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Scott Jagow: To Italy we go now. Silvio Berlusconi is back. He's been elected Italy's premier for the third time in 14 years. Let's bring in our correspondent in Rome, Megan Williams. Megan, he's been in and out of office, love and hated. Why are Italians turning to Mr. Berlusconi again?
Megan Williams: Well, you have to look at who's turning to him. It's generally older voters who've had some economic stability, state jobs, who are scared. I mean, they know the economy's turning down, and Berlusconi has always reassured them that he's going to protect them and their families. But it's interesting, because, you know, six years ago when he was elected, he promised all sorts of economic miracles. He's not saying that this time, although what he's saying he's gonna do is similar, but he's saying, you know, we're in for some tough times.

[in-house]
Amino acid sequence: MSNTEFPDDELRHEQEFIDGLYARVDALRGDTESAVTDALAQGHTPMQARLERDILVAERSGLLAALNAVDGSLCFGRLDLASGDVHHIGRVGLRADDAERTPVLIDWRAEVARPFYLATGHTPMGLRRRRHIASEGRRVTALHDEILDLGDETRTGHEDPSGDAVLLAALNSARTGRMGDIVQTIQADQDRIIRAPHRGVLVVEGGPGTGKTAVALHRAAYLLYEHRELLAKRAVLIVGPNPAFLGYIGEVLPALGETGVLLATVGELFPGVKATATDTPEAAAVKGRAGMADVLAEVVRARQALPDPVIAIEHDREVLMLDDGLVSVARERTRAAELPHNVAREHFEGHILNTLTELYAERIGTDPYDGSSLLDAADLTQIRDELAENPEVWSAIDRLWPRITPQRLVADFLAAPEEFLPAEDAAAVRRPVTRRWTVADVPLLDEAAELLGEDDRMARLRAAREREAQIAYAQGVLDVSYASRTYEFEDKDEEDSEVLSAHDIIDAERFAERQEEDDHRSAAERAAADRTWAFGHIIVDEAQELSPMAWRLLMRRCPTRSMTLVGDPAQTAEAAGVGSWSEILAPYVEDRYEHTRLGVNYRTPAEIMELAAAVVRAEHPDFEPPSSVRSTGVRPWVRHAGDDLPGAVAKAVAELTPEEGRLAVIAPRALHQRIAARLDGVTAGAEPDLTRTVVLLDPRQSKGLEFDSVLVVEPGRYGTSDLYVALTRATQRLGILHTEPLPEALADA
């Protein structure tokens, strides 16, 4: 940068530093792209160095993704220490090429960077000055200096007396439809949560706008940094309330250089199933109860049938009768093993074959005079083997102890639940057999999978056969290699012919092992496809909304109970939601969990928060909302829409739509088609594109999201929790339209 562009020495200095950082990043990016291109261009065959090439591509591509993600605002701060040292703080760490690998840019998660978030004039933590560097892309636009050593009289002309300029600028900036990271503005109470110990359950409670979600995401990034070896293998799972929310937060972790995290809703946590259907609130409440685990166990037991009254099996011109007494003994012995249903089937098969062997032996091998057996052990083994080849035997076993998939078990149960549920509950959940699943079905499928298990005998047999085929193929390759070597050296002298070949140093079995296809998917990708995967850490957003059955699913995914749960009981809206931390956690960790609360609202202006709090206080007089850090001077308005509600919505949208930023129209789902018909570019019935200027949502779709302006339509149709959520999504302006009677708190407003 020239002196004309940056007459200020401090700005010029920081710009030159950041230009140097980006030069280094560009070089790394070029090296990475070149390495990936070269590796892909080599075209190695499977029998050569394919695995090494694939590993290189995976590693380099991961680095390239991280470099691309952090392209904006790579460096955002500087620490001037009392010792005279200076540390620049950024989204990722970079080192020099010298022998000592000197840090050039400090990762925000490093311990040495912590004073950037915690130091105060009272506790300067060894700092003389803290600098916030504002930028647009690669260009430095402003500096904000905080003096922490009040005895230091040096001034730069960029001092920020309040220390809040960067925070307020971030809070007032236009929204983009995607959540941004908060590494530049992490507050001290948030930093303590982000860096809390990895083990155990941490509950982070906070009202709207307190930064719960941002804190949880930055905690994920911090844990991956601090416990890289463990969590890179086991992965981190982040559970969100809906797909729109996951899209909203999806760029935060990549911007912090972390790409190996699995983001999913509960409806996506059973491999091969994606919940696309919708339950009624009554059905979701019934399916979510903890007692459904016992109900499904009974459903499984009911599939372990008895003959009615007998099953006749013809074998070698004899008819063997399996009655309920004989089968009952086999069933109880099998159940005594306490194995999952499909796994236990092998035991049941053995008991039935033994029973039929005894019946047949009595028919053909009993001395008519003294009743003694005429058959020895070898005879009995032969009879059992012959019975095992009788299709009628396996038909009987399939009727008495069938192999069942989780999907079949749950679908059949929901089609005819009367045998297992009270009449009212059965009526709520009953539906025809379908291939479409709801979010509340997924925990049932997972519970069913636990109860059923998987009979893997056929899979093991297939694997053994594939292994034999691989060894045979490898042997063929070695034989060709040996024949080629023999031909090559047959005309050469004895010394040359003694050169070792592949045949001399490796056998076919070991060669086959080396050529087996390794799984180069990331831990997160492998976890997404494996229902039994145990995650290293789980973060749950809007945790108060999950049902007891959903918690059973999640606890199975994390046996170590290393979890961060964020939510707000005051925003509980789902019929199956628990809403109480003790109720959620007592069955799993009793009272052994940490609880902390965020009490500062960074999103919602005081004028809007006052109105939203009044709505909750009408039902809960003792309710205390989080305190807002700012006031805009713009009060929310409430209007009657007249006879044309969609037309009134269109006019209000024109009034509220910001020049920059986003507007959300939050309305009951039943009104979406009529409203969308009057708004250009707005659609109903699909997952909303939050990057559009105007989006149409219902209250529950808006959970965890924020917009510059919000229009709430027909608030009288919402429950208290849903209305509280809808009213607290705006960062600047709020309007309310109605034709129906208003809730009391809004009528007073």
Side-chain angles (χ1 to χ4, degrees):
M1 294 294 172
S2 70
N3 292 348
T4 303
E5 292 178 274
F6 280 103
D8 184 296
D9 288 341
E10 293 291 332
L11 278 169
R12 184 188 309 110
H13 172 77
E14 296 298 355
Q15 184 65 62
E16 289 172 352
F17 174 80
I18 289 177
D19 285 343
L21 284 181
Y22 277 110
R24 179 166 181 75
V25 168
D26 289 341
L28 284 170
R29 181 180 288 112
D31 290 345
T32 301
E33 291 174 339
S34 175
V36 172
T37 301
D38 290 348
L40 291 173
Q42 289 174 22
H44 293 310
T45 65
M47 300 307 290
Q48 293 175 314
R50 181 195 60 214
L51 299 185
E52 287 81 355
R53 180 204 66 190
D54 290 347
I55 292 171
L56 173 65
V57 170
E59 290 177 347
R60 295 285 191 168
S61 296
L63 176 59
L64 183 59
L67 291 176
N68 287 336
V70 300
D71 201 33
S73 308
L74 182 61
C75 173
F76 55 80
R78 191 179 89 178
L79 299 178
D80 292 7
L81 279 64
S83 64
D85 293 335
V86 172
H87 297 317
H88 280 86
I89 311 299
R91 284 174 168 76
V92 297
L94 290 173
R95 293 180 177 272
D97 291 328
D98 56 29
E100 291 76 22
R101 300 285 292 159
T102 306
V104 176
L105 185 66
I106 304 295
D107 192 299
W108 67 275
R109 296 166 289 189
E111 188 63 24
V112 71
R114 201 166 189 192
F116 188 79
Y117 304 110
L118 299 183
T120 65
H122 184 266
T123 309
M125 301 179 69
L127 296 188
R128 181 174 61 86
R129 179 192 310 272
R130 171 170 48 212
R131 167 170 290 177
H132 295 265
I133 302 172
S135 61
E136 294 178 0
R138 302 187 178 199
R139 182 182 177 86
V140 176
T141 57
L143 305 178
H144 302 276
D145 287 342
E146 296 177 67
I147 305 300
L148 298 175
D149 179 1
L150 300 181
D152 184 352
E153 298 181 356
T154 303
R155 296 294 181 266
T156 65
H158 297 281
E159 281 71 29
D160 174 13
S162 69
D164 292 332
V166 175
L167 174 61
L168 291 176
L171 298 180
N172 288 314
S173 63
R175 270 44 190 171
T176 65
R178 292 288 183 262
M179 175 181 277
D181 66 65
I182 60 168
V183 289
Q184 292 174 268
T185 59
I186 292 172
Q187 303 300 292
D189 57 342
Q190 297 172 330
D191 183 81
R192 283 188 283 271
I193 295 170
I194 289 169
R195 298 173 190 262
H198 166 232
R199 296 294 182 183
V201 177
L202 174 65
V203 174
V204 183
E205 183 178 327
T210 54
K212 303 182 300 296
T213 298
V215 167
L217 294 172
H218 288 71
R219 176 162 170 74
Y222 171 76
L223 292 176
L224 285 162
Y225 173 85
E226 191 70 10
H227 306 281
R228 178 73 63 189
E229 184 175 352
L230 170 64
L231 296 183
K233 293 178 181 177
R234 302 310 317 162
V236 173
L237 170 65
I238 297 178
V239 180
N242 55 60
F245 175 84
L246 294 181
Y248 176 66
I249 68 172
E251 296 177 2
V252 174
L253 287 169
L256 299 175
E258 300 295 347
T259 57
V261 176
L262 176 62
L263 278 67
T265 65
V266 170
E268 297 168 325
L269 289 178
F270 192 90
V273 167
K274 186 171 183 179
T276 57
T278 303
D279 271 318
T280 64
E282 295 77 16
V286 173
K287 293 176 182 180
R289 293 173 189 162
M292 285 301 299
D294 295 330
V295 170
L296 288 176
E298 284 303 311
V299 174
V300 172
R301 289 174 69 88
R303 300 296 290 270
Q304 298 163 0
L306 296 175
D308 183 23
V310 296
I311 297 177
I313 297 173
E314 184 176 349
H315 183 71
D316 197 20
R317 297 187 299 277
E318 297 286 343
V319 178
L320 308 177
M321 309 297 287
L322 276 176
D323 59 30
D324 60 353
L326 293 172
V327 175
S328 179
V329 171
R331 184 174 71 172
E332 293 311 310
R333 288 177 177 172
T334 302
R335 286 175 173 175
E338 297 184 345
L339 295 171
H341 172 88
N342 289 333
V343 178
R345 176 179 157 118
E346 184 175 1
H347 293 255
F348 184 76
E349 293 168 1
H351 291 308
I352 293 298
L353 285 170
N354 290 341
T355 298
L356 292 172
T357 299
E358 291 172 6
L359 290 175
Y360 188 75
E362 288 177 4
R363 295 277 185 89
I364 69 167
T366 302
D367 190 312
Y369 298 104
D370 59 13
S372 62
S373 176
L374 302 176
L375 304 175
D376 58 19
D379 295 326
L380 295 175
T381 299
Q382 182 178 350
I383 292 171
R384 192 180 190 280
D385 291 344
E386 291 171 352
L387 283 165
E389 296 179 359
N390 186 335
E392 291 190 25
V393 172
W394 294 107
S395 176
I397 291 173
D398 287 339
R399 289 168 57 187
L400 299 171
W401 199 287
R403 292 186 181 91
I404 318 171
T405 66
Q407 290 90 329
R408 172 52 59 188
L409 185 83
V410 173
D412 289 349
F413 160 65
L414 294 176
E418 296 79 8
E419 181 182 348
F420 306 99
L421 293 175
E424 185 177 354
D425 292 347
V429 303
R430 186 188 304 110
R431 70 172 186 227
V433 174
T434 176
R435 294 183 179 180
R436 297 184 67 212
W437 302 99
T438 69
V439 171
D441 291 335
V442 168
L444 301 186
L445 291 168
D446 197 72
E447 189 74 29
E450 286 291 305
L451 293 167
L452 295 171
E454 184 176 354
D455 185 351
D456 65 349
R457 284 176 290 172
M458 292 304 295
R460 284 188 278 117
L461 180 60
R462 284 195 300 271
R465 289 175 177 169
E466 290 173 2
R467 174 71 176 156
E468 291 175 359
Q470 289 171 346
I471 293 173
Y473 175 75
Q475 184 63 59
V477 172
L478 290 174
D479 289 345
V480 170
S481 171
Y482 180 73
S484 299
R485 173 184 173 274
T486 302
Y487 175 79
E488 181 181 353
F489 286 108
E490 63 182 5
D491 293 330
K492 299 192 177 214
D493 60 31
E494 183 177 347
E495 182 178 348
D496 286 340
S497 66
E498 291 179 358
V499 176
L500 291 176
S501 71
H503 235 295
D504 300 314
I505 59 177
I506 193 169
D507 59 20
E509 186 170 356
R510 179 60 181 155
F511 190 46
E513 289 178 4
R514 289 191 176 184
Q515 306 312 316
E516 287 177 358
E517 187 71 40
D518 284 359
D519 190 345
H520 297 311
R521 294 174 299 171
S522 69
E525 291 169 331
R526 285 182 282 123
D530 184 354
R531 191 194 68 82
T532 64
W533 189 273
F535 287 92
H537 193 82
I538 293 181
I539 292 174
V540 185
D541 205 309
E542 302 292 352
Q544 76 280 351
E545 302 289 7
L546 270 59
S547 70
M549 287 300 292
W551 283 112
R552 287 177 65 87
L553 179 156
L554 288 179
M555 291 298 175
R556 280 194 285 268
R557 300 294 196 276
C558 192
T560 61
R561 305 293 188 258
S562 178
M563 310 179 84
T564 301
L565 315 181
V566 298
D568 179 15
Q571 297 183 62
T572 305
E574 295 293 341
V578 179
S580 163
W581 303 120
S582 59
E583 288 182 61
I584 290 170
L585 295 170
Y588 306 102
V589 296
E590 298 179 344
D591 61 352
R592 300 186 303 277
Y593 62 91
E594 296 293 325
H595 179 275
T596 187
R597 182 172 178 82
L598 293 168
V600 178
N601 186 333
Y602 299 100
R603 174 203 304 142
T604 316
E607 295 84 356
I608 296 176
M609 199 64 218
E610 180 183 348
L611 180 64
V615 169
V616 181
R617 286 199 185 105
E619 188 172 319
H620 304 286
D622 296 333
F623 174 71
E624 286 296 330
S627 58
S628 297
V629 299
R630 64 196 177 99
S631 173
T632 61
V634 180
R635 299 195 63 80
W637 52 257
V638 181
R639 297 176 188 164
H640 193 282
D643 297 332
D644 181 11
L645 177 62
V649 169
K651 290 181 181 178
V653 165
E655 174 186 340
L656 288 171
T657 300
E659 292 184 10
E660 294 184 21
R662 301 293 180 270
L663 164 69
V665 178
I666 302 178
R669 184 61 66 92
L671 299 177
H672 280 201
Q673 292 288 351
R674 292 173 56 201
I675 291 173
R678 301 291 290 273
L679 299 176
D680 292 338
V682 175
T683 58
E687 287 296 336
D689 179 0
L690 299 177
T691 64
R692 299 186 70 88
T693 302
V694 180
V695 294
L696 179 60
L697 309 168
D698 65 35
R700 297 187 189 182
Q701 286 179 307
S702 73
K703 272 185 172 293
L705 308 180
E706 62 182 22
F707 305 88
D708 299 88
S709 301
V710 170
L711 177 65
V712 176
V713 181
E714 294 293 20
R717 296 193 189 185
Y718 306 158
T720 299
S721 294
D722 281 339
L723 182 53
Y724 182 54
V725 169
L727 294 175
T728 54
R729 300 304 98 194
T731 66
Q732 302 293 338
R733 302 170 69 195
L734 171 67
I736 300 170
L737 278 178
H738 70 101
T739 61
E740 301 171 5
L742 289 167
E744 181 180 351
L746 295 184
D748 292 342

Jagow: Another issue for him is Italy's national airlines, Alitalia. Big problems. What is he saying about Alitalia?
Williams: Well, to say Alitalia is in dire straits is a vast understatement. I mean, Alitalia is losing a million euros a day. And Air France was about to buy it, and then the unions kind of sabotaged that deal in the end. But what was interesting is just before elections Berlusconi came out protesting against the sale to a foreign country, saying Alitalia should remain in Italy. The only thing he's said so far is that he'll kind of slap together a bunch of Italian investors who will somehow save the company. But it's a company that's owned half by the Italian state. So, who's going to be paying for this mess? Taxpayers.
Jagow:OK. Megan Williams in Rome. Thank you
Williams: Thanks, Scott